Campaign spending on the Missouri ballot measure misleadingly called the “right to farm” amendment is approaching $1.2 million, and supporters account for two-thirds of that — $800,000.
Obviously, more is at stake here than may be apparent to Missourians who will go to the polls on Tuesday. Amendment 1 on the ballot will ask them to guarantee that “the right of Missouri citizens to engage in agricultural production and ranching practices shall not be infringed.”
That sounds benign. Same for the message of the Missouri Farm Bureau, which says the measure is needed to create “regulatory certainty” to protect the practices that farmers and ranchers currently use.
But what the farm bureau, along with corporate backers and some (but not all) of the state’s agricultural groups actually want is a waiver from public accountability. They want immunity from laws designed to protect the food supply, the environment and animals. And they want a license to run roughshod over local communities that might seek a buffer from factory farms.
Even the notion that current practices should be enshrined is dangerous, given the constantly evolving science of agriculture and food safety.
Scientists are raising concerns about the routine use of antibiotics in livestock and poultry, for instance, saying it may give rise to drug-resistant bacteria. Likewise, we have more to learn about the safety of genetically modified crops and concentrated animal feeding operations.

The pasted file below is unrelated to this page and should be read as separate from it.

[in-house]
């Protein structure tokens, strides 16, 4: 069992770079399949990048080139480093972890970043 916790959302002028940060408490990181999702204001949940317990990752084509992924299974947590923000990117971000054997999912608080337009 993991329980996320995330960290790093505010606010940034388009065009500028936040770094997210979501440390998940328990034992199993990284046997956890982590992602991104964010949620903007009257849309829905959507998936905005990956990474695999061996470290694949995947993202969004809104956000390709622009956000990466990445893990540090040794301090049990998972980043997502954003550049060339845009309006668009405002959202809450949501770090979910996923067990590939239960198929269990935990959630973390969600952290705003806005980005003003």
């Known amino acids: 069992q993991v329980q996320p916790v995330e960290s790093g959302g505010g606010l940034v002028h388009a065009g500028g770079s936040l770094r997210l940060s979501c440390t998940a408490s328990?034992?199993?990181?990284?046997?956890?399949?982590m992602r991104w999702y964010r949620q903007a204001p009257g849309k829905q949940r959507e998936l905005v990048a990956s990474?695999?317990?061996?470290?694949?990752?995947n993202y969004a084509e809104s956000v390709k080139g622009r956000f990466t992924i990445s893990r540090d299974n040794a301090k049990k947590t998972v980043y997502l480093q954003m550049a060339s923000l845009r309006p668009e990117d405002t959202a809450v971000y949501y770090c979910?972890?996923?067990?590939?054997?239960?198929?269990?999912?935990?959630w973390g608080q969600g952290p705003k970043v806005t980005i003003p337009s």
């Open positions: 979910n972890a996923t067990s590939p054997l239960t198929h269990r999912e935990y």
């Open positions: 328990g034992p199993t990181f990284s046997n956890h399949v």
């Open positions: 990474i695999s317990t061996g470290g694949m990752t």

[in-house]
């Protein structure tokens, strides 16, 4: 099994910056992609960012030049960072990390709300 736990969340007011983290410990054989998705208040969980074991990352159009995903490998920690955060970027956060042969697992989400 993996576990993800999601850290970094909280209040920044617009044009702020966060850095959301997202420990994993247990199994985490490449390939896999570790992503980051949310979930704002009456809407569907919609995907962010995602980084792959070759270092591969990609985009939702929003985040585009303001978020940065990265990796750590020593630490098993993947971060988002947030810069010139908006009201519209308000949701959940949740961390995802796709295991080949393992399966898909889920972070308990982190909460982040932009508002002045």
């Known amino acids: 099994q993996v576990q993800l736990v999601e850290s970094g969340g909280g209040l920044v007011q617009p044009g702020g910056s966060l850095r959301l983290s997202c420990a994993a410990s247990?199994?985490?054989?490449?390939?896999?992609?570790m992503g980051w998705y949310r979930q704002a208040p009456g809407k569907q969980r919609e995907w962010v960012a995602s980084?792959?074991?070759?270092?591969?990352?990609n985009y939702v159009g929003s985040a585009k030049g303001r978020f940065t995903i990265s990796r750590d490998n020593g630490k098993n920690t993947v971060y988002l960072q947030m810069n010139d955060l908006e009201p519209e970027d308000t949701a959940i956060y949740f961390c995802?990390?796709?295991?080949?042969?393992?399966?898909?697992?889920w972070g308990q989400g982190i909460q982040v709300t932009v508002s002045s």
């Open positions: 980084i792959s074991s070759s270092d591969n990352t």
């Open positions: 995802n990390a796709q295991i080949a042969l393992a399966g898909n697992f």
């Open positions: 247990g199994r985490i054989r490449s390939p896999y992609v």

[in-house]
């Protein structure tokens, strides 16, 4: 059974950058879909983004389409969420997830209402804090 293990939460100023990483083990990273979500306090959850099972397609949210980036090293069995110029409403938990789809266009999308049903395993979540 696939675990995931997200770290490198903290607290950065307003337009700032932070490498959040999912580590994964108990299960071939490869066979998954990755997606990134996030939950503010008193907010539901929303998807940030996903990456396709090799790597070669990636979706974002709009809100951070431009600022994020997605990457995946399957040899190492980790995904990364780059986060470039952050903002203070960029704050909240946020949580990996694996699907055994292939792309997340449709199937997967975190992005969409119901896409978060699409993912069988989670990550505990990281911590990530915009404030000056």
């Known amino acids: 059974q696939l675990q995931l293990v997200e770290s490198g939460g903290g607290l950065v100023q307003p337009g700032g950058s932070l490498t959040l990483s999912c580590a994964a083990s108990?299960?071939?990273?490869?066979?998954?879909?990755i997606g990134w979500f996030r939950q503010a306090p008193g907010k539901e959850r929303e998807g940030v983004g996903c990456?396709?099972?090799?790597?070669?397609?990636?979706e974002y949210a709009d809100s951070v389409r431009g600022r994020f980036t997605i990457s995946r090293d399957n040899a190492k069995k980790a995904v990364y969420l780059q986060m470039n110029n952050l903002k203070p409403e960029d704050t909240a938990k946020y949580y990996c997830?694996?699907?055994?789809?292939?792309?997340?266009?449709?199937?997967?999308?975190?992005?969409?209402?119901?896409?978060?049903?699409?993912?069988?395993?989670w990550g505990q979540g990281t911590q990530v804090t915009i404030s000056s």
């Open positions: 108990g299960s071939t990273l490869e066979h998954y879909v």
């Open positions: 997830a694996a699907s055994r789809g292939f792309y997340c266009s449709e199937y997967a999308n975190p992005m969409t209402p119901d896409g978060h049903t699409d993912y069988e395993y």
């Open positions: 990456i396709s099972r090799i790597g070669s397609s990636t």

As John Ikerd, a professor emeritus of agriculture at the University of Missouri, has pointed out, to confer a blanket protection on those practices as they now exist would be like “granting tobacco companies and smokers the constitutional rights to forever continue their practices of the 1970s.”
Consumers increasingly want to know that the animals raised for food are treated as humanely as possible. Amendment 1 would be used as a weapon to prevent Missouri from enforcing laws protecting livestock and poultry.
It could also be used to undermine Missouri’s already flimsy regulations on the state’s many dog-breeding operations.
And if the captive deer industry ultimately has its way, Amendment 1 could be used to thwart regulations on ranchers who seek to fence in specially bred “trophy” deer and present them as prey to shooters who will pay large amounts of money to bag the antlers. Gov. Jay Nixon recently vetoed a bill that sought to classify the trophy deer as livestock, not wildlife. Supporters in the legislature are likely to try again, however.
The Missouri Farm Bureau argues that the right to farm and ranch should be equal to the protections of speech and religion already in the Missouri Constitution. But freedom of speech and religion are granted to all Missourians. Amendment 1 seeks to carve out one special industry, perhaps to the detriment of the general public.
The right to farm as most people understand it is not under attack in Missouri. A statute already protects farmers from unreasonable lawsuits by neighbors and other encroachments. Economically, many Missouri farmers are thriving.
It’s important to know that the “right to farm” push didn’t begin in Missouri. It is part of a concerted nationwide effort by agribusiness and its political allies to give a free pass to corporate agriculture.
Missouri should not yield the right to control its own destiny through the legislative process. Voters should say ‘no’ to Amendment 1.